6 Instances When You Should Follow Your Instincts & Trust Your Gut

Have you ever had a moment where you suddenly felt your chest tighten and your hands go ice cold, even though there was no visible threat in your vicinity? Did you immediately remove yourself from the situation, or did you talk yourself out of what you were feeling and stay? If you stayed, did you later end up wishing you hadn't? No matter how intelligent and well-decorated humans have become, the fact remains that we are simply mammals at our core.


Most people readily accept the idea that animals have instincts and even look to them for protection (guard dog, anyone?). However, when it comes to the concept that people possess powerful instincts and intuition, scoffing abounds. There is no doubt that religious or societal beliefs, limiting personal beliefs, and modern life in general can dull your natural instincts. But that doesn't mean they no longer exist. You can teach yourself to recognize and follow your instincts again, and the following six scenarios are great places to start. 

Square peg, round hole

There are times in life when you find yourself surrounded by people and atmospheres that make you feel almost alien. Maybe you joined a sport or club in high school or college, only to find that the activity and culture surrounding it made you feel like you didn't fit in. Perhaps you landed your dream job right after graduation, only to discover that every hour spent in your new office felt like trying to force yourself to speak a foreign language and exist on a different planet.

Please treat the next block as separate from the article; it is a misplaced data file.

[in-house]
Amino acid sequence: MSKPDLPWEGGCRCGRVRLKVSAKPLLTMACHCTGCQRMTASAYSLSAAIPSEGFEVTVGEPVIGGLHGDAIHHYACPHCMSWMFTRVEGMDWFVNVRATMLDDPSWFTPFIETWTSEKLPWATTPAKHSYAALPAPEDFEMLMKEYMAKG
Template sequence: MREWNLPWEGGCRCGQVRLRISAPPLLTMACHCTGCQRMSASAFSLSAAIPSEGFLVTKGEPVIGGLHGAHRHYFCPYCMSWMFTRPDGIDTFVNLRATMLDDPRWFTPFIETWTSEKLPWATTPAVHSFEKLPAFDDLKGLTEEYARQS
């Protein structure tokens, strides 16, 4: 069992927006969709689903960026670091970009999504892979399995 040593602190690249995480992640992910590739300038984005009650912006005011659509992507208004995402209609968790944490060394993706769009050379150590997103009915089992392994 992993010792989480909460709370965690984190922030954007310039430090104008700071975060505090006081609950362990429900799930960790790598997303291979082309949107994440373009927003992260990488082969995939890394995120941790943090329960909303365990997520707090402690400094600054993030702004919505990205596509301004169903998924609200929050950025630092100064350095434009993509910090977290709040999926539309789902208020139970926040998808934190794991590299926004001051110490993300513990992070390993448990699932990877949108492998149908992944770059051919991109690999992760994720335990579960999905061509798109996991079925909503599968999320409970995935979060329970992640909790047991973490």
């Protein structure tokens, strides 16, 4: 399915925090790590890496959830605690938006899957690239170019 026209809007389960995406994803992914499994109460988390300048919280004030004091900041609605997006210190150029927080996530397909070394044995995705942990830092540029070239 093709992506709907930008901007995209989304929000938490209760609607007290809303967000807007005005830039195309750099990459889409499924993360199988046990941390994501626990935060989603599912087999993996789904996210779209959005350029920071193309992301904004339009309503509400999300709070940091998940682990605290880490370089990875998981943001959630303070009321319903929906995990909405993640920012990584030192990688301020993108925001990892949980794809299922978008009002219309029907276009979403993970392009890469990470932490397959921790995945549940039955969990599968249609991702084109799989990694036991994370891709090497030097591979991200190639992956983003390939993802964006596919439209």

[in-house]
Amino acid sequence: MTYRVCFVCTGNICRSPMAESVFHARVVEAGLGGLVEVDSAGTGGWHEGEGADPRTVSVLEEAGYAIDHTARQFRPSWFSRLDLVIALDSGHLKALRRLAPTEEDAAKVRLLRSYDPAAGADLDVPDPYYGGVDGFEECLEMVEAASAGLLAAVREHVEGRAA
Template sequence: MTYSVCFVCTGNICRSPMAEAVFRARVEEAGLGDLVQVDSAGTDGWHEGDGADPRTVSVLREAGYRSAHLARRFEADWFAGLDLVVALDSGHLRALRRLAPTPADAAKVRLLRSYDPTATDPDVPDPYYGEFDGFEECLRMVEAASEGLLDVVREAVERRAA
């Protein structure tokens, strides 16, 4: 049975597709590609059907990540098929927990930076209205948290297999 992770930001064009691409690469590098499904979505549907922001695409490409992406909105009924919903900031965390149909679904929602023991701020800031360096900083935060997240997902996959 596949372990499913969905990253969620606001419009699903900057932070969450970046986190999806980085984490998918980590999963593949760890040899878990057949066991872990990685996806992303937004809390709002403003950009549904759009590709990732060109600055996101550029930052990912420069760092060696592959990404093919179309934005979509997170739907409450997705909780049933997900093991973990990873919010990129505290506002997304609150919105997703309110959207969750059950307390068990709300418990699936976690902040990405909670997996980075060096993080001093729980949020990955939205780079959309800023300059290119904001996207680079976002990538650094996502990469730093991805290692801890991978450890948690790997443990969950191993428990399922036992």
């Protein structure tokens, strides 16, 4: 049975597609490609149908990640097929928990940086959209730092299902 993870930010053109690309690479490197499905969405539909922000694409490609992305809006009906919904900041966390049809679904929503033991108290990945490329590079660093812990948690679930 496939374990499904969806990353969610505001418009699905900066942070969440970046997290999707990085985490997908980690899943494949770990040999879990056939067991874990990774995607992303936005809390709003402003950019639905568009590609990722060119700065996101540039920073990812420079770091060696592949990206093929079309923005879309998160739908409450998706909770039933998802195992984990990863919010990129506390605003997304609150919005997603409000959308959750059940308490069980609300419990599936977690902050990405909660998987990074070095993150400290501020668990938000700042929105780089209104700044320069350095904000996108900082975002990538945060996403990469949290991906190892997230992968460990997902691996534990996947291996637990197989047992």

Feeling constantly out of place, even if you can't pinpoint why, is a clear sign from your intuition that you need a change of scenery. Pay attention to how your body feels in every environment you frequent on a regular basis. If you feel calm and relaxed at home with your family, for instance, but tense, dysregulated, and isolated as soon as you arrive at work, listen to what your instincts are telling you about your job. 


The term "dread" is often used interchangeably with "fear." When you think of these two emotions in the context of horror movies and true crime podcasts, this makes sense. However, these feelings are not one and the same. Fear simply equates to the anxiety associated with being scared or even terrified. Dread implies a severe anticipatory anxiety and strong aversion to an event or stimuli that hasn't yet occurred. Many people experience dread without even realizing it since it isn't necessarily as acute as fear.


If you've ever sat in your car for 30 minutes after arriving home because you couldn't muster the effort to go inside and exist in the same space with your at-the-time partner, you've experienced instinctual dread. If you aren't aware of your own bodily sensations and what they mean, you could easily attribute the sinking feeling in your gut and the heaviness in your limbs to being tired, stressed, or even hormonal. If you get into the habit of trusting your instincts, you'll know it's much more than that. 

Fear or danger

Many women have reported incidents in which they experienced a sensation of fear that seemed to come out of nowhere just moments before discovering a potential danger. Whether your body is screaming at you to look behind you when you're walking at night or to dump out the drink you've been offered by a stranger at the bar, you should always listen. You carry within you 300,000 years of evolutionary survival instincts.